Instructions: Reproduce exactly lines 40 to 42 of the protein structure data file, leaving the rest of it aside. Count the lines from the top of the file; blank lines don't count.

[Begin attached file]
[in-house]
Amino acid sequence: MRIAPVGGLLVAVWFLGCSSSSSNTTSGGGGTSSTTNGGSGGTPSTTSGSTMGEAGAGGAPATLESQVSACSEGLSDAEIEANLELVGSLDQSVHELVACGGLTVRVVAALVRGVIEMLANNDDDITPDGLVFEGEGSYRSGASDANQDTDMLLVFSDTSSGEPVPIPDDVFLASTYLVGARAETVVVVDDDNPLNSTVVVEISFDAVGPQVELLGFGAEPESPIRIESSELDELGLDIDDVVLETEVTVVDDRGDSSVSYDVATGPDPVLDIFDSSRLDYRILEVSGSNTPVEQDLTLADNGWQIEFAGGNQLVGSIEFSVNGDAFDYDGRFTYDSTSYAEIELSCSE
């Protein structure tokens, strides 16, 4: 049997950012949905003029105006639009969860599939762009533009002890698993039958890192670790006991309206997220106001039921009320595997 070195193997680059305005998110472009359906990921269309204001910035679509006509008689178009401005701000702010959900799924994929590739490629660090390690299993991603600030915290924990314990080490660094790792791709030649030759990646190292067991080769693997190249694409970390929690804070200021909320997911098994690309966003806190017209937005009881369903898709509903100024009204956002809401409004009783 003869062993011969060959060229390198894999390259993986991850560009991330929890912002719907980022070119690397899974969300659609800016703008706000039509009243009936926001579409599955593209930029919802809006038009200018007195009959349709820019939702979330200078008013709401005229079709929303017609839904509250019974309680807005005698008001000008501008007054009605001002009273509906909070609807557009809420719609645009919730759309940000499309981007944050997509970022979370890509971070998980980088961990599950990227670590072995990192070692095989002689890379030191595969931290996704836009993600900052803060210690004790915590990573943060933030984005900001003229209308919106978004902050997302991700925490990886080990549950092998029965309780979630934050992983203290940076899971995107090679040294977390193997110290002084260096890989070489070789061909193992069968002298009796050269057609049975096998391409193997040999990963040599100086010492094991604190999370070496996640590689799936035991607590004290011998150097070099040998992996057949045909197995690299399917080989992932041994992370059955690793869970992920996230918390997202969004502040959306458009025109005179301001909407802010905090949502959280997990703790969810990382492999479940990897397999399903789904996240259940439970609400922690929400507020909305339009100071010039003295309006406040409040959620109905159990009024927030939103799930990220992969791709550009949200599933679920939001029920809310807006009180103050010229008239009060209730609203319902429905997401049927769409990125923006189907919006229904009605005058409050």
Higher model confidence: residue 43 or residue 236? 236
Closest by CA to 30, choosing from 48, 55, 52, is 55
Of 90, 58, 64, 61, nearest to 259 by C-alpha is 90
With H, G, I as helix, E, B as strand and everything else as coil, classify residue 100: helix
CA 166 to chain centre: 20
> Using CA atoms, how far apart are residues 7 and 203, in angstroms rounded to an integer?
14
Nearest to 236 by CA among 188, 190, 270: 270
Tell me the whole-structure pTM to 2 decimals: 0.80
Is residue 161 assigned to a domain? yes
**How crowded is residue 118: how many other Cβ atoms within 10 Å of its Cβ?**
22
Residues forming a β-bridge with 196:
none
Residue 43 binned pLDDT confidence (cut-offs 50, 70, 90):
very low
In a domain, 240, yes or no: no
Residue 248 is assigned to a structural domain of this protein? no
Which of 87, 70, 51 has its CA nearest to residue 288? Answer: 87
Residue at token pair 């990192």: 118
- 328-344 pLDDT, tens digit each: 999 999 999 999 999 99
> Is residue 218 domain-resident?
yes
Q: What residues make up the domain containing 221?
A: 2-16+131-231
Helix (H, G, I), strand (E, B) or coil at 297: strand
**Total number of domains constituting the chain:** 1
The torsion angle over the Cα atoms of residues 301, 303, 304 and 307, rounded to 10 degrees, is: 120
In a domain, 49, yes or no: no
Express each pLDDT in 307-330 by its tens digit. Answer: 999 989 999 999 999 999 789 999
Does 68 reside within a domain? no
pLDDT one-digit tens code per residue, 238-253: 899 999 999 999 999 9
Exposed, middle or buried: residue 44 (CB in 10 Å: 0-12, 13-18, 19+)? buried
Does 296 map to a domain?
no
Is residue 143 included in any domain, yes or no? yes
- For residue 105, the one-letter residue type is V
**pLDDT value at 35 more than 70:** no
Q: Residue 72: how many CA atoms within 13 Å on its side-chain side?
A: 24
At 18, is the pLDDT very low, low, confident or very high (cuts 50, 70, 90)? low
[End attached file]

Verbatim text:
- For residue 105, the one-letter residue type is V
**pLDDT value at 35 more than 70:** no
Q: Residue 72: how many CA atoms within 13 Å on its side-chain side?